Express your feelings with Beiber.
Justin Bieber marks his words on his latest Purpose Tour merchandise which is finally available to buy online. Bieber launches simple street wear pieces with key signature wording from his latest album. The collection features key items from tanks, treat long-sleeve and short-sleeve tees, hoodies and accessories such as socks and a Bieber trucker hat. The merch ranges from $10 – $300 and his now available at purposetourmerch.com.
Remember when festivals were cool?
Right, visit web so that’s mad oversight but really, this “festival fashion” has become, more about particularly for women, something of a commercial nightmare. It’s far from the expression of subcultures that once were. If we look back over the vast history of festival fashion, back to when this modern-day concept did not even exist, the decades have consumed this massive commodity opportunity. Music and fashion is the age-old combination but in this particular vein, the landscape has changed, big time.
Fashion or rather, costume and festivals have always, to an extent, gone hand in hand and can be traced back to the Venetian carnivals ands masked parades of sorts. Like at any ‘event’, there’s least clothes and style at stake. The shift is from a culture of individuals reacting and expressing a difference and a passionate position to a mass-marketing of a prescribed uniform of wares to make sure you look as ‘festival-ready’ as possible. Hello, high-street!
If you start typing the word ‘festival’ into your Google search (a trick that has borne many a meme), rather than any actual events topping the SE list, you’ll find ‘outfits’ and what to wear.
At Woodstock and Lollapalooza and for all those years following it was music and the reflected the individuals, the all-important subcultures and the fashion was a secondary reaction, albeit a fansti and diverse one. Is it fair to call today’s approach contrived? Yes, probably.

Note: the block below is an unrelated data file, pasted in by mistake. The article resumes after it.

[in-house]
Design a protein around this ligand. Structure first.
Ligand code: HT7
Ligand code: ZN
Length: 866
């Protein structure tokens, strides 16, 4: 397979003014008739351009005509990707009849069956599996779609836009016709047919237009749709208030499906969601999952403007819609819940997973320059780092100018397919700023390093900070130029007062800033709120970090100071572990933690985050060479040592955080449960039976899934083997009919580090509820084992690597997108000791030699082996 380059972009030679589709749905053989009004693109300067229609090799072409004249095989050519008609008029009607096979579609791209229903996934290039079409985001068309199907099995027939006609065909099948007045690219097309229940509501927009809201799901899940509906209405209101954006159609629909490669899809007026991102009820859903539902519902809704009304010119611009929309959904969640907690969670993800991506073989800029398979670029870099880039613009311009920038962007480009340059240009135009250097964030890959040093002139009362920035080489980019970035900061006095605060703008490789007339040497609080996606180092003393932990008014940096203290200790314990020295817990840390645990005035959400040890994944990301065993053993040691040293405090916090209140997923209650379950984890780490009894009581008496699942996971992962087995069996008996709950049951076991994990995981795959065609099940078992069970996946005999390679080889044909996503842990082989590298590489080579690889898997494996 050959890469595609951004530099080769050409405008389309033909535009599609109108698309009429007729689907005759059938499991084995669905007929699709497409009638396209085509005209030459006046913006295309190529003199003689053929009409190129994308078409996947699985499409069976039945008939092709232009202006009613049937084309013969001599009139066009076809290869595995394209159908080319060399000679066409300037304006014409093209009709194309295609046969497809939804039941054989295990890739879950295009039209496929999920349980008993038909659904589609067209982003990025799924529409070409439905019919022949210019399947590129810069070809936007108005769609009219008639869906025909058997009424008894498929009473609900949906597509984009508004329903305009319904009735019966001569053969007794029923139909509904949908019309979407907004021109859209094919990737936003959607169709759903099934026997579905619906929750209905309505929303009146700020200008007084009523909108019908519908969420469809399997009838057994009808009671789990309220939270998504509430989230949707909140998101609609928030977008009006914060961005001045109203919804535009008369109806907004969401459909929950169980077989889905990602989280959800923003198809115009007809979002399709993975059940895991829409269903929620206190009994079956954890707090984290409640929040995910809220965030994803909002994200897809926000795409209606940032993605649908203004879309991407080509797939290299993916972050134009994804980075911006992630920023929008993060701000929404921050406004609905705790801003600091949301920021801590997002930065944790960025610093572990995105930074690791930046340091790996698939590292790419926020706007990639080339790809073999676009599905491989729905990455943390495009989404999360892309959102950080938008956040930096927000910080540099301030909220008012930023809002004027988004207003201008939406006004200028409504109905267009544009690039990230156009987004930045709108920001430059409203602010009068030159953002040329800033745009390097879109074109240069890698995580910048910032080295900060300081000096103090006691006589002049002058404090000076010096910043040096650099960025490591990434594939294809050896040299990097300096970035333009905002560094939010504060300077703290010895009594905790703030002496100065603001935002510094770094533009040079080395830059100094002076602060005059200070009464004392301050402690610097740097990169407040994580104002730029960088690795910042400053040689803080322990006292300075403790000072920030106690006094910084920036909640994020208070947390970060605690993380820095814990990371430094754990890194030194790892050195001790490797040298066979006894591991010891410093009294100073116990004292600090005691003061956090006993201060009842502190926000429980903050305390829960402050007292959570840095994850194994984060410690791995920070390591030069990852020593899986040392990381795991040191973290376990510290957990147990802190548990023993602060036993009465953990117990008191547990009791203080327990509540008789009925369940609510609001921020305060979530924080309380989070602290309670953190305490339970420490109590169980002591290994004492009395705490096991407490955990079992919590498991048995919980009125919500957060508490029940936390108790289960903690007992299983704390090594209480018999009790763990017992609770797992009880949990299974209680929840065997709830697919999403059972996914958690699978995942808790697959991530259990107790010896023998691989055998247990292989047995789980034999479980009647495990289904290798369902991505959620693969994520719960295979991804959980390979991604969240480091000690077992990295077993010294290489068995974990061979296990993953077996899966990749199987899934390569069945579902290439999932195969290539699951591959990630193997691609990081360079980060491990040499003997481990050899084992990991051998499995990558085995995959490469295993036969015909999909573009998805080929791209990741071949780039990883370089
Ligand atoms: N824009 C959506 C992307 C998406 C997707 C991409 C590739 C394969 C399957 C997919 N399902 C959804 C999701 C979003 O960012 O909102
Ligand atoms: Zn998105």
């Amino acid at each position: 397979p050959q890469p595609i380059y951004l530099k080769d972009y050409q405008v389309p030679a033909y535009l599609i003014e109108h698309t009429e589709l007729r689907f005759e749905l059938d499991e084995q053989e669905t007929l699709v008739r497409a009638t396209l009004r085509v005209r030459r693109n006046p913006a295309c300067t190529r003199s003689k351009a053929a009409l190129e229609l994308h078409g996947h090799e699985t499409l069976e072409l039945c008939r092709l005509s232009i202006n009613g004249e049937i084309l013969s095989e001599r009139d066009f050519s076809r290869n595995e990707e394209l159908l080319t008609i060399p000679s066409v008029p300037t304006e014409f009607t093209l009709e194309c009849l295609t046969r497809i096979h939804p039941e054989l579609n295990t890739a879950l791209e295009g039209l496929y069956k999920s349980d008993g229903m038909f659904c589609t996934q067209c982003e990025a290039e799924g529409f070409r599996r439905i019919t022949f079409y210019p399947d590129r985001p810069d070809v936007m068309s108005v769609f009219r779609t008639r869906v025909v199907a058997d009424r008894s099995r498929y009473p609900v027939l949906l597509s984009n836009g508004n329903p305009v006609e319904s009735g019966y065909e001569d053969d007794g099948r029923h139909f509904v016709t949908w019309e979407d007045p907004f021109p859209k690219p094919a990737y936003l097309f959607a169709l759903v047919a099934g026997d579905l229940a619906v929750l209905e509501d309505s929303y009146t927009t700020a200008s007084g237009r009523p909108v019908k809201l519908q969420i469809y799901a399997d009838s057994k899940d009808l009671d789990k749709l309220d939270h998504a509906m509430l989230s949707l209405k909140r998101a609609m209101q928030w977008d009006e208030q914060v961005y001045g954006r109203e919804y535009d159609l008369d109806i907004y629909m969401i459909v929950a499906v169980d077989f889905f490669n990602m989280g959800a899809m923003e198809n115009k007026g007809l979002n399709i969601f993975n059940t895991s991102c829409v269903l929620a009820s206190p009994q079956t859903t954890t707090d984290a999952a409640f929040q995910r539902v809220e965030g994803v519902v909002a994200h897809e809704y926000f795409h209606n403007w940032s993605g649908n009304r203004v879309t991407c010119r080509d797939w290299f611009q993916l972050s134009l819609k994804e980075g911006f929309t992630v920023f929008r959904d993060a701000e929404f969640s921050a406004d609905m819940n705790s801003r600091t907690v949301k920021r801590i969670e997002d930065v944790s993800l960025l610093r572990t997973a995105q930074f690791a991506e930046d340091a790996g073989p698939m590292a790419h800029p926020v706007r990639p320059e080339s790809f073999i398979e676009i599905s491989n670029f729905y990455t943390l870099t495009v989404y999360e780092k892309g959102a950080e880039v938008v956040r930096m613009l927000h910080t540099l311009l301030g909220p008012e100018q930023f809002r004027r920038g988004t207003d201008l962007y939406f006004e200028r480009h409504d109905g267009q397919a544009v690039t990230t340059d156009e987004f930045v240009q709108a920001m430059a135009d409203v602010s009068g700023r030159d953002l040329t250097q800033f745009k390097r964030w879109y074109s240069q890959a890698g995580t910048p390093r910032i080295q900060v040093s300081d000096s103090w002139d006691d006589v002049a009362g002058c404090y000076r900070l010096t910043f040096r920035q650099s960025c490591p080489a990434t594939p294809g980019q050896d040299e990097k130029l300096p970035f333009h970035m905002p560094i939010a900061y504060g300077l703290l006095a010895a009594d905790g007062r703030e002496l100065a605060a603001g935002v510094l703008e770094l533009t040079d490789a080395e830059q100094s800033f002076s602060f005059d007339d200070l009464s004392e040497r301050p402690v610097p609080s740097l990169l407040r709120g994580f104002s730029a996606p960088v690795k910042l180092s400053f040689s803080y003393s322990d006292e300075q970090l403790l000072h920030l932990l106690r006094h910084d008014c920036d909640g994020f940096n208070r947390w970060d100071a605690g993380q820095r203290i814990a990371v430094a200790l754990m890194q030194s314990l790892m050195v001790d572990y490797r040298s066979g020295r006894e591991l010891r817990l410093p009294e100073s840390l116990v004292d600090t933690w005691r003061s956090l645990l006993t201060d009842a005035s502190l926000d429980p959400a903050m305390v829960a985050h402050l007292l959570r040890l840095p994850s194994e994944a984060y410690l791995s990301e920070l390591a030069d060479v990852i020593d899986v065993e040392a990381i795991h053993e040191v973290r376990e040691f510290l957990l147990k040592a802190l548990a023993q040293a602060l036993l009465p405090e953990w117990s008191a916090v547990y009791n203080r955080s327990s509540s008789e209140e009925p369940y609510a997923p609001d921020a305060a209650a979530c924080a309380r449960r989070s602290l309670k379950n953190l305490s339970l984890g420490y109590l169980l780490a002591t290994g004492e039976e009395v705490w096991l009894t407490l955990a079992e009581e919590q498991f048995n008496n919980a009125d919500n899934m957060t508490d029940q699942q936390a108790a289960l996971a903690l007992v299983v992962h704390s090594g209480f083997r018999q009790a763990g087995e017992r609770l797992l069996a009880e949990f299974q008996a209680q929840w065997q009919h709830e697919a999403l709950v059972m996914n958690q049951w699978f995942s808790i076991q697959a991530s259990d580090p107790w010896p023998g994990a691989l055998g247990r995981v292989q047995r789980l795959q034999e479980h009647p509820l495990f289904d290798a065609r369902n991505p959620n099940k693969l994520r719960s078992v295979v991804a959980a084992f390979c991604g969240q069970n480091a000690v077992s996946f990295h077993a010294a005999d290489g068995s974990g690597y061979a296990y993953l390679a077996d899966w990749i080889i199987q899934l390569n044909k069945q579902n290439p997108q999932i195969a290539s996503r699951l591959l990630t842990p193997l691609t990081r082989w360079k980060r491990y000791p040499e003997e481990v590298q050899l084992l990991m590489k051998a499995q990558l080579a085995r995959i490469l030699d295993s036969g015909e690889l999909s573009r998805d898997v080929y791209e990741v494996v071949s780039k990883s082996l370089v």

Today there are 2 main divisions. The high fashion runway of Coachella and the high-street call outs streaming from H&M to x dictating what new fringed or tie-dyed piece to add to to your summer sartorie. There’s also, of course, the Mad Max apocalypto vibe, which is somewhat relegated to Burning Man in Nevada. It’s not unheard of to see some people working this look in the soggy climbs of Glastonbury, however.
Before we start to sound like all out haters (of course not!), maybe it’s refreshing to look at some current style icons who nail it, and lift the dwindling originality of the graphic-slogan tee abyss. The hype is down from Coachella and our Instagram feeds have cleared up but some of the best dressers’ style still resonates.
In any case, festival season has already kicked off with full weighty momentum, so how do you go against the grain? Let’s bite the bullett, roll out the hypocrisy and decide what’s what. While we can berate the way the whole affair has changed, festivals are of course a massive part of our glorious British summer, so what should you actually wear?
Miguel gives summer suit inspo in Fault.
Miguel returns this summer with his usual rocker chic vibe, this site inspiring us as always with his alternative looks. Hitting the latest issue of Fault, Miguel rocks a jacquard suit by Dries Van Noten Spring/Summer 2016 collection. Not everyone can rock a suit like this and Miguel just pulls it off effortlessly with a Pamela rosary necklace to finish.
Get the look:
Dries Van Noten Jacquard Berri Two-Button Jacket and Peeler Trousers – Click here to buy.